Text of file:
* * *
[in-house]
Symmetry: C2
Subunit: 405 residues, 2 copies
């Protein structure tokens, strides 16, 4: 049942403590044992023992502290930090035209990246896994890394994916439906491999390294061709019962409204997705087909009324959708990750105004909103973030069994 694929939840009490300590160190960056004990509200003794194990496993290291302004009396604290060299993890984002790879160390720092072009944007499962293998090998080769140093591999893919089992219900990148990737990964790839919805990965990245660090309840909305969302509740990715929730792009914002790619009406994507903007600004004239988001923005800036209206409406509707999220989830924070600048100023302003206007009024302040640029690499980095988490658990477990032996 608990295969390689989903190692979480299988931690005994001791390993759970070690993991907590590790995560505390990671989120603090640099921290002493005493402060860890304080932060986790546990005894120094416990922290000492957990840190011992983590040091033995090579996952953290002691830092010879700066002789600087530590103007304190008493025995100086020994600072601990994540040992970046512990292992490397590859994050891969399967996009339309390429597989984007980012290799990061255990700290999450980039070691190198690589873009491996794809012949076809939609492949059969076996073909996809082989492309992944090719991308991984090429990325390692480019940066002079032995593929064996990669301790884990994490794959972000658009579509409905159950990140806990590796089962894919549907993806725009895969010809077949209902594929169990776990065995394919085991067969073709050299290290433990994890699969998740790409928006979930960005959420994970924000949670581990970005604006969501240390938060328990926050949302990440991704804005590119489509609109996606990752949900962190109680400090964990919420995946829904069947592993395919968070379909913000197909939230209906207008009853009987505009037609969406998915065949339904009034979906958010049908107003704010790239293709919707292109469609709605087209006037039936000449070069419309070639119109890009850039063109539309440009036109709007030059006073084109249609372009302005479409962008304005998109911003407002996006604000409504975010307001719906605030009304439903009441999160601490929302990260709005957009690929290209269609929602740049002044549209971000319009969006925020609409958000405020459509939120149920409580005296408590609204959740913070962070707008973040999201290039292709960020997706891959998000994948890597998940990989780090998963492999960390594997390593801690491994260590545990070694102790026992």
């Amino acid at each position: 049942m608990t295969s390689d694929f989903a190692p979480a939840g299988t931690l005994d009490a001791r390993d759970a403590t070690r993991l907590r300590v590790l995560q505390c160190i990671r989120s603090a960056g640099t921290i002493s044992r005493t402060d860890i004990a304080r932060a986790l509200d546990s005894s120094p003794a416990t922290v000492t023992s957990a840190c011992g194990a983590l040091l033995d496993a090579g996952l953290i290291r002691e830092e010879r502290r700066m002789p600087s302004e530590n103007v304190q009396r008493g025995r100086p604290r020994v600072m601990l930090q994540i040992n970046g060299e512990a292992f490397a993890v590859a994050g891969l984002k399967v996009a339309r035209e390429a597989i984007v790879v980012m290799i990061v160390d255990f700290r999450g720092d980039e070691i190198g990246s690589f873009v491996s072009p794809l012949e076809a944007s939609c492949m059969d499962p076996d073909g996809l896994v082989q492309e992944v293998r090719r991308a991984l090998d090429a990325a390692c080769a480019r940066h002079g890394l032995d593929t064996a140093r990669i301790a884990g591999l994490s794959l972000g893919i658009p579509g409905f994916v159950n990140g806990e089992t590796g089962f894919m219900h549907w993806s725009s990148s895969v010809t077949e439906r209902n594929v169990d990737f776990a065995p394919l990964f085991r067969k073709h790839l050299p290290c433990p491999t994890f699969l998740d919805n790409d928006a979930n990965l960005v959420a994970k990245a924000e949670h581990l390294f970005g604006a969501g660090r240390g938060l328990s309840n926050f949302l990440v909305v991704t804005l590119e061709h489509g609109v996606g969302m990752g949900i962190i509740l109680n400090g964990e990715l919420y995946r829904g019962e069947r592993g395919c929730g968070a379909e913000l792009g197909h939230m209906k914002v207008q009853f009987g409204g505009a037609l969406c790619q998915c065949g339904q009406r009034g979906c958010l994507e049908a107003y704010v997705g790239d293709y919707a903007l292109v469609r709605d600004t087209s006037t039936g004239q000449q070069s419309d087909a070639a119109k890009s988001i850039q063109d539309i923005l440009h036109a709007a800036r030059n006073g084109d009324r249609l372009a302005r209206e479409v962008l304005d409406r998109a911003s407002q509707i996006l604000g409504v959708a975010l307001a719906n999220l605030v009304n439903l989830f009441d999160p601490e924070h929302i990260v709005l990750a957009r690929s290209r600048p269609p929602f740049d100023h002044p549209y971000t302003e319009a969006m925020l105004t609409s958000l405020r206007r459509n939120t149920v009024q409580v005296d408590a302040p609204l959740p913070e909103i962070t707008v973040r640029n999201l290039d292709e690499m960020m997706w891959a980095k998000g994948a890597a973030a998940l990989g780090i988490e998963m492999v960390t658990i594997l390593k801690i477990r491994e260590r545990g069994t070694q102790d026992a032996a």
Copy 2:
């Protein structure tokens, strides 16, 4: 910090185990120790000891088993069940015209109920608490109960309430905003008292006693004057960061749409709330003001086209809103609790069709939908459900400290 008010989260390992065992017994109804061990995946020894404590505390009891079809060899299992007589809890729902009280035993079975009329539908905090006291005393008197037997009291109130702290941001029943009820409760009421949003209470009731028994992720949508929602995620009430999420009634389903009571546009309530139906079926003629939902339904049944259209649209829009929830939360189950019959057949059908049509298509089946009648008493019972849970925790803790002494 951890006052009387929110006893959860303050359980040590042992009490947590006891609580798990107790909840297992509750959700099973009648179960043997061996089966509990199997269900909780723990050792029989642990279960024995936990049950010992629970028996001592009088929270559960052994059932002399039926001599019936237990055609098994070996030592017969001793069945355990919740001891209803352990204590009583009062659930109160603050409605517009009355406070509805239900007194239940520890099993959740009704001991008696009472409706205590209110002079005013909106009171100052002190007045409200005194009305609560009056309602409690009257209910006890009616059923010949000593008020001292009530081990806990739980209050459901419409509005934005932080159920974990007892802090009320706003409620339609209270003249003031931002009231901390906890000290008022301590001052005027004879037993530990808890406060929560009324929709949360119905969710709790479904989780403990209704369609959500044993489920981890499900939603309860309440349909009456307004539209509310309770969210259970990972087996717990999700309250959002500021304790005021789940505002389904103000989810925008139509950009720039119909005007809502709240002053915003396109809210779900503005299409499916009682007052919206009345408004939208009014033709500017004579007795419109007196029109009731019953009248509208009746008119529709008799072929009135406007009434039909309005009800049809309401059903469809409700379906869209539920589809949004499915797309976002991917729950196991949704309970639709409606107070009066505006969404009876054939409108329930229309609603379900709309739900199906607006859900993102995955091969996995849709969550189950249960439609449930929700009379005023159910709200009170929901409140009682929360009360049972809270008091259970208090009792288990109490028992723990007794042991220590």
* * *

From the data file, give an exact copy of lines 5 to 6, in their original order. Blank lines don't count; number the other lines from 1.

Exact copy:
């Amino acid at each position: 049942m608990t295969s390689d694929f989903a190692p979480a939840g299988t931690l005994d009490a001791r390993d759970a403590t070690r993991l907590r300590v590790l995560q505390c160190i990671r989120s603090a960056g640099t921290i002493s044992r005493t402060d860890i004990a304080r932060a986790l509200d546990s005894s120094p003794a416990t922290v000492t023992s957990a840190c011992g194990a983590l040091l033995d496993a090579g996952l953290i290291r002691e830092e010879r502290r700066m002789p600087s302004e530590n103007v304190q009396r008493g025995r100086p604290r020994v600072m601990l930090q994540i040992n970046g060299e512990a292992f490397a993890v590859a994050g891969l984002k399967v996009a339309r035209e390429a597989i984007v790879v980012m290799i990061v160390d255990f700290r999450g720092d980039e070691i190198g990246s690589f873009v491996s072009p794809l012949e076809a944007s939609c492949m059969d499962p076996d073909g996809l896994v082989q492309e992944v293998r090719r991308a991984l090998d090429a990325a390692c080769a480019r940066h002079g890394l032995d593929t064996a140093r990669i301790a884990g591999l994490s794959l972000g893919i658009p579509g409905f994916v159950n990140g806990e089992t590796g089962f894919m219900h549907w993806s725009s990148s895969v010809t077949e439906r209902n594929v169990d990737f776990a065995p394919l990964f085991r067969k073709h790839l050299p290290c433990p491999t994890f699969l998740d919805n790409d928006a979930n990965l960005v959420a994970k990245a924000e949670h581990l390294f970005g604006a969501g660090r240390g938060l328990s309840n926050f949302l990440v909305v991704t804005l590119e061709h489509g609109v996606g969302m990752g949900i962190i509740l109680n400090g964990e990715l919420y995946r829904g019962e069947r592993g395919c929730g968070a379909e913000l792009g197909h939230m209906k914002v207008q009853f009987g409204g505009a037609l969406c790619q998915c065949g339904q009406r009034g979906c958010l994507e049908a107003y704010v997705g790239d293709y919707a903007l292109v469609r709605d600004t087209s006037t039936g004239q000449q070069s419309d087909a070639a119109k890009s988001i850039q063109d539309i923005l440009h036109a709007a800036r030059n006073g084109d009324r249609l372009a302005r209206e479409v962008l304005d409406r998109a911003s407002q509707i996006l604000g409504v959708a975010l307001a719906n999220l605030v009304n439903l989830f009441d999160p601490e924070h929302i990260v709005l990750a957009r690929s290209r600048p269609p929602f740049d100023h002044p549209y971000t302003e319009a969006m925020l105004t609409s958000l405020r206007r459509n939120t149920v009024q409580v005296d408590a302040p609204l959740p913070e909103i962070t707008v973040r640029n999201l290039d292709e690499m960020m997706w891959a980095k998000g994948a890597a973030a998940l990989g780090i988490e998963m492999v960390t658990i594997l390593k801690i477990r491994e260590r545990g069994t070694q102790d026992a032996a």
Copy 2: